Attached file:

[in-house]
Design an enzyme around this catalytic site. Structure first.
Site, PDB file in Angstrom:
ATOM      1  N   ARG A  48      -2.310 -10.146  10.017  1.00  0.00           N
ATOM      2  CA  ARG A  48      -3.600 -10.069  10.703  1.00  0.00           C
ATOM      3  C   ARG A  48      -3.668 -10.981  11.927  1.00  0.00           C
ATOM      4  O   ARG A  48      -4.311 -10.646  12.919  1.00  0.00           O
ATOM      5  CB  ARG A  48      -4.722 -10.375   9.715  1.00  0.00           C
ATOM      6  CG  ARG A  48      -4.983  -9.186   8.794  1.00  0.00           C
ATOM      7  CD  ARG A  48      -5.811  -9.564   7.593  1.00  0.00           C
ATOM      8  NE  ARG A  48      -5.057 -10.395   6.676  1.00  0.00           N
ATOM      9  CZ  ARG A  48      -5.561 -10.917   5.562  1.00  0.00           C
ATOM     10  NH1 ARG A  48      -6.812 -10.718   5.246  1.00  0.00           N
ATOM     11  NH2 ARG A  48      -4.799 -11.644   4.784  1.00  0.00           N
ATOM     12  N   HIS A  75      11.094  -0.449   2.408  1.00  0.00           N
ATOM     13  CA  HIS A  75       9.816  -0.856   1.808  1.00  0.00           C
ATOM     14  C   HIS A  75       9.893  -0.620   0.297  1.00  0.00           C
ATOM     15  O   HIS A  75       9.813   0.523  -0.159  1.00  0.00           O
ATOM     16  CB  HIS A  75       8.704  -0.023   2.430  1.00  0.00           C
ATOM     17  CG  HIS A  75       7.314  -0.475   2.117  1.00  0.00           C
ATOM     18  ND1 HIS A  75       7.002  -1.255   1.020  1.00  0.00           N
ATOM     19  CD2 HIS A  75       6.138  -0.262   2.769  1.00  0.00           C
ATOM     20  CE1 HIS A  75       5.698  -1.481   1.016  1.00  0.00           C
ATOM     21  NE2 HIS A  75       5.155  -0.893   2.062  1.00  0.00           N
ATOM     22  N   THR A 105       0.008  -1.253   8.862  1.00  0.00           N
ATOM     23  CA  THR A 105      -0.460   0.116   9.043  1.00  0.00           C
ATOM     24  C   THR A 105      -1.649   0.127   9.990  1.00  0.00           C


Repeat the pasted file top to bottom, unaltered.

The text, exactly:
[in-house]
Design an enzyme around this catalytic site. Structure first.
Site, PDB file in Angstrom:
ATOM      1  N   ARG A  48      -2.310 -10.146  10.017  1.00  0.00           N
ATOM      2  CA  ARG A  48      -3.600 -10.069  10.703  1.00  0.00           C
ATOM      3  C   ARG A  48      -3.668 -10.981  11.927  1.00  0.00           C
ATOM      4  O   ARG A  48      -4.311 -10.646  12.919  1.00  0.00           O
ATOM      5  CB  ARG A  48      -4.722 -10.375   9.715  1.00  0.00           C
ATOM      6  CG  ARG A  48      -4.983  -9.186   8.794  1.00  0.00           C
ATOM      7  CD  ARG A  48      -5.811  -9.564   7.593  1.00  0.00           C
ATOM      8  NE  ARG A  48      -5.057 -10.395   6.676  1.00  0.00           N
ATOM      9  CZ  ARG A  48      -5.561 -10.917   5.562  1.00  0.00           C
ATOM     10  NH1 ARG A  48      -6.812 -10.718   5.246  1.00  0.00           N
ATOM     11  NH2 ARG A  48      -4.799 -11.644   4.784  1.00  0.00           N
ATOM     12  N   HIS A  75      11.094  -0.449   2.408  1.00  0.00           N
ATOM     13  CA  HIS A  75       9.816  -0.856   1.808  1.00  0.00           C
ATOM     14  C   HIS A  75       9.893  -0.620   0.297  1.00  0.00           C
ATOM     15  O   HIS A  75       9.813   0.523  -0.159  1.00  0.00           O
ATOM     16  CB  HIS A  75       8.704  -0.023   2.430  1.00  0.00           C
ATOM     17  CG  HIS A  75       7.314  -0.475   2.117  1.00  0.00           C
ATOM     18  ND1 HIS A  75       7.002  -1.255   1.020  1.00  0.00           N
ATOM     19  CD2 HIS A  75       6.138  -0.262   2.769  1.00  0.00           C
ATOM     20  CE1 HIS A  75       5.698  -1.481   1.016  1.00  0.00           C
ATOM     21  NE2 HIS A  75       5.155  -0.893   2.062  1.00  0.00           N
ATOM     22  N   THR A 105       0.008  -1.253   8.862  1.00  0.00           N
ATOM     23  CA  THR A 105      -0.460   0.116   9.043  1.00  0.00           C
ATOM     24  C   THR A 105      -1.649   0.127   9.990  1.00  0.00           C